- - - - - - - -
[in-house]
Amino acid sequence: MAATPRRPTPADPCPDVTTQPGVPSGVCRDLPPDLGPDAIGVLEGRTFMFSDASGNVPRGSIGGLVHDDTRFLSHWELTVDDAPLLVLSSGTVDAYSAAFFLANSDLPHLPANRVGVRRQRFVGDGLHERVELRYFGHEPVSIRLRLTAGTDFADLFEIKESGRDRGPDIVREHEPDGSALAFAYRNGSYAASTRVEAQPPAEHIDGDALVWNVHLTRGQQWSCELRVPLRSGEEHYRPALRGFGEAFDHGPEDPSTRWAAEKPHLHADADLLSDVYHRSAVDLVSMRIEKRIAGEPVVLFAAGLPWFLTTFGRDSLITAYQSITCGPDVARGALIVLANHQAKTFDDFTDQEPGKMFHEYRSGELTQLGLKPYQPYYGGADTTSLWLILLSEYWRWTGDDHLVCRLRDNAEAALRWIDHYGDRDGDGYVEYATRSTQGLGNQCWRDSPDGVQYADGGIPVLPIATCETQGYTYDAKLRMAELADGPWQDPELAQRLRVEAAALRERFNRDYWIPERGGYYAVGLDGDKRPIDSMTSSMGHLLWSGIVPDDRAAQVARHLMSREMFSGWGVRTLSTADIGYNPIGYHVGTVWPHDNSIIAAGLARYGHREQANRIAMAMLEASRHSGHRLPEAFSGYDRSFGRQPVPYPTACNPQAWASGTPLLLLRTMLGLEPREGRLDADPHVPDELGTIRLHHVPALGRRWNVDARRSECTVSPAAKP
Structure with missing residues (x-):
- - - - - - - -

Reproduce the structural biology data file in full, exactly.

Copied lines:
[in-house]
Amino acid sequence: MAATPRRPTPADPCPDVTTQPGVPSGVCRDLPPDLGPDAIGVLEGRTFMFSDASGNVPRGSIGGLVHDDTRFLSHWELTVDDAPLLVLSSGTVDAYSAAFFLANSDLPHLPANRVGVRRQRFVGDGLHERVELRYFGHEPVSIRLRLTAGTDFADLFEIKESGRDRGPDIVREHEPDGSALAFAYRNGSYAASTRVEAQPPAEHIDGDALVWNVHLTRGQQWSCELRVPLRSGEEHYRPALRGFGEAFDHGPEDPSTRWAAEKPHLHADADLLSDVYHRSAVDLVSMRIEKRIAGEPVVLFAAGLPWFLTTFGRDSLITAYQSITCGPDVARGALIVLANHQAKTFDDFTDQEPGKMFHEYRSGELTQLGLKPYQPYYGGADTTSLWLILLSEYWRWTGDDHLVCRLRDNAEAALRWIDHYGDRDGDGYVEYATRSTQGLGNQCWRDSPDGVQYADGGIPVLPIATCETQGYTYDAKLRMAELADGPWQDPELAQRLRVEAAALRERFNRDYWIPERGGYYAVGLDGDKRPIDSMTSSMGHLLWSGIVPDDRAAQVARHLMSREMFSGWGVRTLSTADIGYNPIGYHVGTVWPHDNSIIAAGLARYGHREQANRIAMAMLEASRHSGHRLPEAFSGYDRSFGRQPVPYPTACNPQAWASGTPLLLLRTMLGLEPREGRLDADPHVPDELGTIRLHHVPALGRRWNVDARRSECTVSPAAKP
Structure with missing residues (x-):